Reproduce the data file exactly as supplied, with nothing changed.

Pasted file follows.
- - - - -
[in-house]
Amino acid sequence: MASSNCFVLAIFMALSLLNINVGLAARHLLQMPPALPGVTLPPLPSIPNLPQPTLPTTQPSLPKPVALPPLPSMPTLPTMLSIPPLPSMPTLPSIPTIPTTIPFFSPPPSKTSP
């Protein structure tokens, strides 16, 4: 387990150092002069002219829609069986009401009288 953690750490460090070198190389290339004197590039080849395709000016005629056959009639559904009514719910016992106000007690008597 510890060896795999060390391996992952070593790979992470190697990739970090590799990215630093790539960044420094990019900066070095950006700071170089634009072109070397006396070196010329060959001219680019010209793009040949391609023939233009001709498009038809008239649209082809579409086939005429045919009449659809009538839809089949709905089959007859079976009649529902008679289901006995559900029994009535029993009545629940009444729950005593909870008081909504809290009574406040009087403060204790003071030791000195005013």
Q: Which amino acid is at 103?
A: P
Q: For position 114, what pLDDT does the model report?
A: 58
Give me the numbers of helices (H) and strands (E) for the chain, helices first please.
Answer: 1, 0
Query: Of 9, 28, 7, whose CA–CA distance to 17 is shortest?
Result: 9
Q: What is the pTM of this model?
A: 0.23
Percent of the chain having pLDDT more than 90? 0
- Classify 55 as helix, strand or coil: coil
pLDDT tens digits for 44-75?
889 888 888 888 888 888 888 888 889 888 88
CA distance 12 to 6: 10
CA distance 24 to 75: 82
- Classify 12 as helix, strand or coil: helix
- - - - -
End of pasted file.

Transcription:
[in-house]
Amino acid sequence: MASSNCFVLAIFMALSLLNINVGLAARHLLQMPPALPGVTLPPLPSIPNLPQPTLPTTQPSLPKPVALPPLPSMPTLPTMLSIPPLPSMPTLPSIPTIPTTIPFFSPPPSKTSP
């Protein structure tokens, strides 16, 4: 387990150092002069002219829609069986009401009288 953690750490460090070198190389290339004197590039080849395709000016005629056959009639559904009514719910016992106000007690008597 510890060896795999060390391996992952070593790979992470190697990739970090590799990215630093790539960044420094990019900066070095950006700071170089634009072109070397006396070196010329060959001219680019010209793009040949391609023939233009001709498009038809008239649209082809579409086939005429045919009449659809009538839809089949709905089959007859079976009649529902008679289901006995559900029994009535029993009545629940009444729950005593909870008081909504809290009574406040009087403060204790003071030791000195005013």
Q: Which amino acid is at 103?
A: P
Q: For position 114, what pLDDT does the model report?
A: 58
Give me the numbers of helices (H) and strands (E) for the chain, helices first please.
Answer: 1, 0
Query: Of 9, 28, 7, whose CA–CA distance to 17 is shortest?
Result: 9
Q: What is the pTM of this model?
A: 0.23
Percent of the chain having pLDDT more than 90? 0
- Classify 55 as helix, strand or coil: coil
pLDDT tens digits for 44-75?
889 888 888 888 888 888 888 888 889 888 88
CA distance 12 to 6: 10
CA distance 24 to 75: 82
- Classify 12 as helix, strand or coil: helix